Before setting off on her road trip, Molly Baz worked in the kitchen of Manhattan's <a href="http://www.picholinenyc.com/index.php">Picholine</a> restaurant. She says one of the things she'll miss most from her trip is the Southern hospitality — and the free snacks that came with it.
Until this fall, chef Molly Baz was working at an upscale Michelin-starred restaurant in New York City. But she decided to give that up to go on a road trip.
Molly wanted to learn everything she could about variations in American barbecue, so she planned a tour of the country's most renowned barbecue regions and invited her father, photographer Doug Baz, along for the ride. The pair documented their travels on their blog, Adventures in BBQ.
The single largest cattle show in the United States, the National Western Stock Show, is now under way in Denver. Fans roar overhead, keeping the air cool and the odors at bay, as Jeanette Fuller spiffs up her Black Angus — with product.
"High-strength hairspray, basically, just trying to get the hair to accentuate the good things about her and kind of cover up the bad things about her," Fuller says.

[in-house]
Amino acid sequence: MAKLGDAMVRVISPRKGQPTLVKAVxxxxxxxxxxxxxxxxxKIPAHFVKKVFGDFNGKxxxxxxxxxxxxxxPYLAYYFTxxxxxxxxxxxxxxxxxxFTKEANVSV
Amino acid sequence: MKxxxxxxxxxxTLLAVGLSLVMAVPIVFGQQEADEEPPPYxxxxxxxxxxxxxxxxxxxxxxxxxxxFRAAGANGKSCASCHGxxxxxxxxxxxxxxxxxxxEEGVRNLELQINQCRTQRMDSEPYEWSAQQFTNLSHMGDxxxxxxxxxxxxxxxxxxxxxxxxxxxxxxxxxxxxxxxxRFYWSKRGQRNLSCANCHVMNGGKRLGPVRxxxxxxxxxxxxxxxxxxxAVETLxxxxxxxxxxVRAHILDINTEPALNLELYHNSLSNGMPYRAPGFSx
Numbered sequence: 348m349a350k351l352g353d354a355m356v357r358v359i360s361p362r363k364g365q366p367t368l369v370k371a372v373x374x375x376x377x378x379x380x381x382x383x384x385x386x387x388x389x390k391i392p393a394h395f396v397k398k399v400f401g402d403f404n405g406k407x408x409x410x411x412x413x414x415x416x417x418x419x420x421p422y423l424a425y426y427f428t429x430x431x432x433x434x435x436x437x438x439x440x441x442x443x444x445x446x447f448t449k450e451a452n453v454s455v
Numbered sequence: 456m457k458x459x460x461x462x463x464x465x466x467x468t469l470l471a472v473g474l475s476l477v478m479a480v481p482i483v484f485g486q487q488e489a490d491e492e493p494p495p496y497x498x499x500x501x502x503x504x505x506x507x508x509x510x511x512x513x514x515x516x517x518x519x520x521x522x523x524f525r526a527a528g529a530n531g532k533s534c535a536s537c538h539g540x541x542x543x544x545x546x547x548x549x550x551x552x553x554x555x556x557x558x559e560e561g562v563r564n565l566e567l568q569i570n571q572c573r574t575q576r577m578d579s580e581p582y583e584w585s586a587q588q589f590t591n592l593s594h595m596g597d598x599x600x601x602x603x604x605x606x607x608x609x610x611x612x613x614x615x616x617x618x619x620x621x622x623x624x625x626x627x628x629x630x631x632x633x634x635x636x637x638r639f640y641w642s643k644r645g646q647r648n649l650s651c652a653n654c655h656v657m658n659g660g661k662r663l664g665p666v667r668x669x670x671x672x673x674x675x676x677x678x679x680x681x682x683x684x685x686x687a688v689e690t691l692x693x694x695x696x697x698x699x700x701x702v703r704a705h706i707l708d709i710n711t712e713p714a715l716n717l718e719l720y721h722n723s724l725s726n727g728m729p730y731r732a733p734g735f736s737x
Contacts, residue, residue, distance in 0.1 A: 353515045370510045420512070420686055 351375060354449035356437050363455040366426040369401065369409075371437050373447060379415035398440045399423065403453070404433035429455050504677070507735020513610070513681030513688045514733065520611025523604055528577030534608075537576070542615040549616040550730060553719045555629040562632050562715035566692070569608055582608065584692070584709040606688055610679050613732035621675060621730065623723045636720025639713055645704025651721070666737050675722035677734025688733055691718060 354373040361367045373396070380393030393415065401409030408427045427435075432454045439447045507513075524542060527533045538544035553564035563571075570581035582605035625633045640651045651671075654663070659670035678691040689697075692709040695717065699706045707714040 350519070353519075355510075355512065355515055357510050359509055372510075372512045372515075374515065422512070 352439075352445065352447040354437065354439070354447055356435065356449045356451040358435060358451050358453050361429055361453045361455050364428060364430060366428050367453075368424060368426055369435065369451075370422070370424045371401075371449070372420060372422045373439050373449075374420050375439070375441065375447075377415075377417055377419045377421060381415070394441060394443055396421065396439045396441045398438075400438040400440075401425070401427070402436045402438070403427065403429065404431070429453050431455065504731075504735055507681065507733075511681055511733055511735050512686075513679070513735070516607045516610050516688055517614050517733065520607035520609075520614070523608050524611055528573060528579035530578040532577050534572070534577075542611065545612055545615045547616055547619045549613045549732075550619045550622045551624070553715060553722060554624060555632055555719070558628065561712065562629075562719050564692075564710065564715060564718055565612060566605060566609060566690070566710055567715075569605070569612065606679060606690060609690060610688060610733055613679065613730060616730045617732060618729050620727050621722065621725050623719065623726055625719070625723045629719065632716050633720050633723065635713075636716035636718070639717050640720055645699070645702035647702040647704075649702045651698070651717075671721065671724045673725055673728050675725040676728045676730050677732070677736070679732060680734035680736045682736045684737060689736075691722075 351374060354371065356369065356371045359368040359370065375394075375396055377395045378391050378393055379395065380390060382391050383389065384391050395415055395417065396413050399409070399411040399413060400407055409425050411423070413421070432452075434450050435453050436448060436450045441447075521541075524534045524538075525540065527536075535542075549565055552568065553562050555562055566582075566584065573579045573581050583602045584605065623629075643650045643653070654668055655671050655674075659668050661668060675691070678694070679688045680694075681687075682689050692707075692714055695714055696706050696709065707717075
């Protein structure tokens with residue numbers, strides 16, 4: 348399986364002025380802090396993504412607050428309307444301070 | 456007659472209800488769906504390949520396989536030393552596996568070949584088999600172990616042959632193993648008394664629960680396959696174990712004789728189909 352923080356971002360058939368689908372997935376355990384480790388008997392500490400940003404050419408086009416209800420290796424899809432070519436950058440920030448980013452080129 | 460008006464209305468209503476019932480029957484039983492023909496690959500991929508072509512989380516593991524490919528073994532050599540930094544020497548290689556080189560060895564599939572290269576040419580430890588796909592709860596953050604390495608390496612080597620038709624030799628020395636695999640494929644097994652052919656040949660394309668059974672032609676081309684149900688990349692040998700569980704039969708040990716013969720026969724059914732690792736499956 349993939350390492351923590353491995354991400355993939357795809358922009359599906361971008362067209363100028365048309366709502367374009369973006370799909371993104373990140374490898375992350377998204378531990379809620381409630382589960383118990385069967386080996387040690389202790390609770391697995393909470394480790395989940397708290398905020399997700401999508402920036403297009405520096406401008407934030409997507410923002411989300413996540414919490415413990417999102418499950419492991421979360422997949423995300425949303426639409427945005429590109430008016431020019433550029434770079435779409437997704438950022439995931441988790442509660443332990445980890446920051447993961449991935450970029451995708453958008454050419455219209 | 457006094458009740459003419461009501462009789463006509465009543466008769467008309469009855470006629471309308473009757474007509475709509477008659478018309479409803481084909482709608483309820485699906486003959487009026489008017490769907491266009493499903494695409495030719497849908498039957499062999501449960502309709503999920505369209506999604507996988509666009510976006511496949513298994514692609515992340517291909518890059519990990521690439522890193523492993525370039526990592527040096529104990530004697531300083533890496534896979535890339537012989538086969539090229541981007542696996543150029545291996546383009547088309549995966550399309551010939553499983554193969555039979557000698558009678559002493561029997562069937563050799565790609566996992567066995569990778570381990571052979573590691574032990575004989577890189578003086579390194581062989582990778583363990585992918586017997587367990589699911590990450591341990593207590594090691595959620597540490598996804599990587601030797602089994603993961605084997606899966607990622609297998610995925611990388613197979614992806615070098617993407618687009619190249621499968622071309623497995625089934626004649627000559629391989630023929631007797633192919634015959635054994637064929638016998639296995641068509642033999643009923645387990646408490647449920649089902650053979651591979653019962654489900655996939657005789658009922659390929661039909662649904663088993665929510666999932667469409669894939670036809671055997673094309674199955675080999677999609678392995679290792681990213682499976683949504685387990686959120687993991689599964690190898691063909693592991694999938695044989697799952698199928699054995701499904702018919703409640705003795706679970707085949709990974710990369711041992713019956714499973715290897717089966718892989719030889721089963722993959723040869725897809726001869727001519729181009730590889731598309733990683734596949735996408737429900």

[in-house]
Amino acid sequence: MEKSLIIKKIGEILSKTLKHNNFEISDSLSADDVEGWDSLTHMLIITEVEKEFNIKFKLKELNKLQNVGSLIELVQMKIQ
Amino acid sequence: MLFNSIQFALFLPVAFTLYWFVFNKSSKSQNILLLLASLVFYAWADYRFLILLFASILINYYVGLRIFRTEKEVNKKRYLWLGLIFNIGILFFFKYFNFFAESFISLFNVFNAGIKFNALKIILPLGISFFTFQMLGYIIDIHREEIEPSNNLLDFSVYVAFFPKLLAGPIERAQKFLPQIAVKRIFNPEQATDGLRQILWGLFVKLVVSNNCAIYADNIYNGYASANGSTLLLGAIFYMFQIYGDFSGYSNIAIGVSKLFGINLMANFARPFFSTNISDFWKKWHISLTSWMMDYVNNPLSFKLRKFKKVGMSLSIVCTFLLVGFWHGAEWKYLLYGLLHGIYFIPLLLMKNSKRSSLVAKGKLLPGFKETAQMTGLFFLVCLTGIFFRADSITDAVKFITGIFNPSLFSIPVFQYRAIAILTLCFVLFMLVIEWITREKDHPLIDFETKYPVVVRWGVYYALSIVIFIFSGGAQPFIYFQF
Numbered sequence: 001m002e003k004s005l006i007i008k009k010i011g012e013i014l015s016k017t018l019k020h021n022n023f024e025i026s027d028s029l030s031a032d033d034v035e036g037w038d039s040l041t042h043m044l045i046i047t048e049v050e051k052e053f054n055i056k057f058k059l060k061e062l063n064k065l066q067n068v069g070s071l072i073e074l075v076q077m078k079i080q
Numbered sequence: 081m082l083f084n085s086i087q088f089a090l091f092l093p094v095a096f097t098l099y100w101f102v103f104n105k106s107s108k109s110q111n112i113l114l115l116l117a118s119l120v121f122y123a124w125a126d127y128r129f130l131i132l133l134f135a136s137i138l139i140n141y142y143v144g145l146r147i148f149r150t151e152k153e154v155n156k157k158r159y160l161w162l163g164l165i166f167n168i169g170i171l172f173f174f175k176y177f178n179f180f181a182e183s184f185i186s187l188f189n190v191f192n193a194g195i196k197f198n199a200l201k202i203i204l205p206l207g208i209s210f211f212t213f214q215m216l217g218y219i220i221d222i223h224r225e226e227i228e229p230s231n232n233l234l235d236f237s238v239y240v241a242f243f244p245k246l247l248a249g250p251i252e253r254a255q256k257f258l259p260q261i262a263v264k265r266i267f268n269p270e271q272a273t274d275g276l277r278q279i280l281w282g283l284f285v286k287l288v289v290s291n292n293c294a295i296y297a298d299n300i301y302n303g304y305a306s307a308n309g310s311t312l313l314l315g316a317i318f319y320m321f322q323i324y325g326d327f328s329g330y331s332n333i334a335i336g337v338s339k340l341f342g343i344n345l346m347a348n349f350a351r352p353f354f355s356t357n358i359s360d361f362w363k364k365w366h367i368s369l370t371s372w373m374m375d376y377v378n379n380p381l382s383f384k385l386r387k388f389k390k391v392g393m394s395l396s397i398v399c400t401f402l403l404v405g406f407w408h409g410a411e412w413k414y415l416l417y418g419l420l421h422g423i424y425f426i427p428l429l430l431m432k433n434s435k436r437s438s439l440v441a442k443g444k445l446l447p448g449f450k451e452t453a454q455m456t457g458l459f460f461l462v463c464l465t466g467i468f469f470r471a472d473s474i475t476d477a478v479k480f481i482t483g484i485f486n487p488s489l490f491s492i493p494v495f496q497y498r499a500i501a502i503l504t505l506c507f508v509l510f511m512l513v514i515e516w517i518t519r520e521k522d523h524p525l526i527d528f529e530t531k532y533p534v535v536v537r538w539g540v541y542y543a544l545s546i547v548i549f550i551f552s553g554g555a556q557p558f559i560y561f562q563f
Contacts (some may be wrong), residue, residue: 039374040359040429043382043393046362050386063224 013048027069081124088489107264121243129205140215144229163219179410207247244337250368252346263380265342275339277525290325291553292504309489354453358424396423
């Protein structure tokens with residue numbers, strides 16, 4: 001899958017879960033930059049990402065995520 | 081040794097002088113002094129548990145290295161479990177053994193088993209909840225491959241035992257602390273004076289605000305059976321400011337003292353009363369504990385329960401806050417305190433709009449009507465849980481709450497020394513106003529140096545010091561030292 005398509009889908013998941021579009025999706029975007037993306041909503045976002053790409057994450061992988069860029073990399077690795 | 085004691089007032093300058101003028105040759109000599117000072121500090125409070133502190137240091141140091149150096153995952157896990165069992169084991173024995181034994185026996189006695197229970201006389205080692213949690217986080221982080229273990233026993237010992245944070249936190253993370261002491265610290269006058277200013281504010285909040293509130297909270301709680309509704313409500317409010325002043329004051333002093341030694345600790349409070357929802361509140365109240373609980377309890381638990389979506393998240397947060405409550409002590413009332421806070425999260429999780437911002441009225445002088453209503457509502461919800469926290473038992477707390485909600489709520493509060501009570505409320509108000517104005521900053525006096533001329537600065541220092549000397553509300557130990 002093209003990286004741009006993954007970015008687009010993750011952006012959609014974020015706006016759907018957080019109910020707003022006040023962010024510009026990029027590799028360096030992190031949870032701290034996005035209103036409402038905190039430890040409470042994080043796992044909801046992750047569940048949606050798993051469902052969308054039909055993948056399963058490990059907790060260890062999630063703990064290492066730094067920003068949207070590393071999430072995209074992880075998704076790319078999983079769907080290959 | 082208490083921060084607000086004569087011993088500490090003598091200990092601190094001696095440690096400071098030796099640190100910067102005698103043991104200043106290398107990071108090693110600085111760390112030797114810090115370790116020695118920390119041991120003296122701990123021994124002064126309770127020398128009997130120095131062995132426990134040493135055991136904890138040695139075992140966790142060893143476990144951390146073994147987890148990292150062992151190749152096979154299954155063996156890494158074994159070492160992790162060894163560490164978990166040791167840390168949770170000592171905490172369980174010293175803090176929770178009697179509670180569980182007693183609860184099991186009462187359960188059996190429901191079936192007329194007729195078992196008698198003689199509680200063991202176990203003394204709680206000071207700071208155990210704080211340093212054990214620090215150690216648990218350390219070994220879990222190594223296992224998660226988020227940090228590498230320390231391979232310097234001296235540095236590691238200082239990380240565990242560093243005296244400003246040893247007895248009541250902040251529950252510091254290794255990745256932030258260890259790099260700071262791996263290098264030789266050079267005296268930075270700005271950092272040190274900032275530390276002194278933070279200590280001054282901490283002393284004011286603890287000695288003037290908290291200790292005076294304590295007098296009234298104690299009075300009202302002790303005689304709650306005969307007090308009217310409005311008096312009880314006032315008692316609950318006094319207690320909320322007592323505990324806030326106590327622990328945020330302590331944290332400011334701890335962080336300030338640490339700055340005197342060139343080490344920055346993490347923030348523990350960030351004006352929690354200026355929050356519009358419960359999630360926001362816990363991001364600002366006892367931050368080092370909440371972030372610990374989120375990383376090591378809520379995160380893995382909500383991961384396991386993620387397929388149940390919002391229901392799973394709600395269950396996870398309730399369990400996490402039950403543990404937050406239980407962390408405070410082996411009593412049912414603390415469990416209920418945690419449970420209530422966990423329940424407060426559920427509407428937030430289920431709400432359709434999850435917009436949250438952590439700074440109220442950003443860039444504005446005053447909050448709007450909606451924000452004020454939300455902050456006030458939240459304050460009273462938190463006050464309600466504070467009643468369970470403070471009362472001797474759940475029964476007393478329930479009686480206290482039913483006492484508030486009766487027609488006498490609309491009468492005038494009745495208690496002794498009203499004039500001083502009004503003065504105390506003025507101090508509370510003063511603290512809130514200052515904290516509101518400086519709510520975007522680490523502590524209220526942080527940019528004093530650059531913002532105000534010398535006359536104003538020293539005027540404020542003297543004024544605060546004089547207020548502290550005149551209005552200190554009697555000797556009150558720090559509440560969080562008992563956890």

With shows like American Idol bringing a major increase in revenue dollars for TV networks, there’s an old American musical art form which is also seeing an increase in popularity with a younger audience across the country, and right here in Colorado.
Originally published on Tue January 17, 2012 1:25 pm
Paula Deen tells <em>Today</em> show co-host Al Roker that she has Type 2 diabetes.
Credit Peter Kramer / ASSOCIATED PRESS
There were hints that all was not well in Paula Deen's Southern-fried world. Last November, when NPR correspondent Allison Aubrey asked Deen if she'd ever do healthier versions of her greasy, sugar-laden fare, Deen said: "As I age, and get older and I get 'different things' that I have to battle physically — it may, you know, resonate closer to home for me."